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Author Topic: Inside: photos of Victorian garment construction for your reference  (Read 859 times)
Attlebridge
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Canada Canada


Lady Lianna U. Nulls


« on: March 08, 2012, 12:30:09 am »

You may view my current photos here: http://www.flickr.com/photos/laslund/sets/72157629689296809/

Many more to come.  Grin

------

I have several authentic Victorian ladies' garments from the 1880's to early 1900's, and I have a friend who collects historical clothing and she also has a variety of Victorian dresses and unmentionables.

If there is a need for detailed photographs of construction and details, for the seamstresses among us, I would be happy to oblige. Please leave a comment and I will be sure to take photographs at the earliest opportunity.

As I am able to handle the garments freely, I can supply special requests that may not be available for reference elsewhere. I also have a Micro lens for my camera (used for insect photography and closeups) which will allow me to photograph the tiniest details clearly.

These are the types of items I have available to me, including my friend's items (dates are approximate):

- pantaloons (early 1900s)
- corset-cover (1890's)
- opera cape (1890-1910)
- simple day dress (1900-1910)
- walking dress (1880-1890)
- several house dresses with beading and ornamentation (1880's-1890's)
- mourning dress, black (1895-1905 with heavy lace)
- mourning dress top, purple (1885-1890)
- several corsets
- lace and embroidered inset samples (old stock, unused, 1880's-1930's... the mass-produced designs remained largely unchanged, so these are harder to date)
- small misc. accessories

If you would like reference photos of any of the above items, please state which ones, and of what specific details you are interested in (inset lace, boning, internal structure, etc). Smiley
« Last Edit: April 02, 2012, 04:37:51 pm by Attlebridge » Logged
SPBrewer
Zeppelin Overlord
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United States United States


Sky Pirate Brewer


« Reply #1 on: March 08, 2012, 02:24:38 am »

No Gentleman's garments?   Cry
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The Sky Pirate
Captain of the "Queen Victoria's Revenge"

Antipodean
Zeppelin Captain
*****
New Zealand New Zealand



« Reply #2 on: March 08, 2012, 10:57:24 am »

I personally would treat such photos and articles as precious. It is often the hidden construction and detail where people fall and struggle. I would have thought that there would be great interest outside of our community as well. Have you considered videoing the garments and techniques and putting them up on YouTube for posterity. Even if it has been done before the styles and techniques used could easily vary depending on cultural and materials used.
I am actually starting to collect such information for my personal “Off Line” Library. Just because there is site now does not mean it will still be there when I need it.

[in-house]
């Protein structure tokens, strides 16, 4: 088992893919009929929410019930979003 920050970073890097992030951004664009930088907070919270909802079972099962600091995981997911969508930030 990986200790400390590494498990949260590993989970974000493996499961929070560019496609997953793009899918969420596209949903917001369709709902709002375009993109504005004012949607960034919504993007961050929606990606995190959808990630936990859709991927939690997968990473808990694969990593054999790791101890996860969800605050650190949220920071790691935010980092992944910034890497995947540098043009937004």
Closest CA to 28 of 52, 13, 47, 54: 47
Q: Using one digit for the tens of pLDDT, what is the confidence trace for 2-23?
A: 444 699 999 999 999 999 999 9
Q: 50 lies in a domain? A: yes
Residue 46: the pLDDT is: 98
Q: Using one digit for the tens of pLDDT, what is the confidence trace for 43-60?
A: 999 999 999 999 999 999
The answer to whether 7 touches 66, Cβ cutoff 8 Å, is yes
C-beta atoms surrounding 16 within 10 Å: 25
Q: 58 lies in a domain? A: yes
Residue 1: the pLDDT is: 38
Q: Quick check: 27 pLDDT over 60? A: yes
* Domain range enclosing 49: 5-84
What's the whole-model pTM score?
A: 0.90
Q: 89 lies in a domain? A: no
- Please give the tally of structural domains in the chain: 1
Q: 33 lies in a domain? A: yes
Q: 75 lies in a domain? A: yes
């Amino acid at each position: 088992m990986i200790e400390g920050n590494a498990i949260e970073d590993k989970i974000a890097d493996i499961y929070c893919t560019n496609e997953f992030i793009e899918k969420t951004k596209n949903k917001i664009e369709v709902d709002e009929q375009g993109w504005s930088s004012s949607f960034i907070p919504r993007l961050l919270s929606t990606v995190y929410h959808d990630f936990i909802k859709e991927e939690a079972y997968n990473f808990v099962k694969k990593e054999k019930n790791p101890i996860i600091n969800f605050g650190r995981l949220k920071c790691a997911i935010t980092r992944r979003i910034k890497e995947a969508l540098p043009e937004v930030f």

So if you have the time and inclination – “Yes Please” to any or all
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Professor J. Cogsworthy
Zeppelin Admiral
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Aude Aliquid Dignum


« Reply #3 on: March 08, 2012, 12:05:02 pm »

I'll answer for my wife....


YES! PLEASE!!!! LOTS OF PHOTOS!!!!


thanks in advance.
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queenofgoblins
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Peruser Of Tomes, Consumer Of Tea


« Reply #4 on: March 08, 2012, 01:11:53 pm »

I would certainly love to see any/all photos of construction as it would be of immense help on my course (textiles for fashion) as my Fashion studies tutor is more experienced with lower-maintenance garments.

I may on occasion nab a picture of two for use in my research if you would allow that (if they're relevant) obviously I would always make references to you perfectly clear and it would be for my references only, not submitted work.
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Attlebridge
Deck Hand
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Canada Canada


Lady Lianna U. Nulls


« Reply #5 on: March 12, 2012, 06:24:33 pm »

@SPBrewer - I personally do not own any gentlemens' garments, but I will check if my friend has any in her collection. Smiley

@ Everyone else;
Message recieved!  Grin
I shall get to work on taking many photos! These will most likely be uploaded to my flickr, and I shall let you all know when they are ready for viewing. It may take several weeks to complete photographing and editing the photos, but it shall be done!
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Attlebridge
Deck Hand
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Canada Canada


Lady Lianna U. Nulls


« Reply #6 on: March 28, 2012, 08:03:38 pm »

The first batch of reference photos have been added to my flickr:
http://www.flickr.com/photos/laslund/sets/72157629689296809/

I have MANY more to photograph and edit. Smiley
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Professor J. Cogsworthy
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Aude Aliquid Dignum


« Reply #7 on: March 28, 2012, 08:05:50 pm »

thank you
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Kryss LaBryn
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aka Lady Amelia Cottington


« Reply #8 on: March 29, 2012, 05:34:20 am »

Thanks so much for these!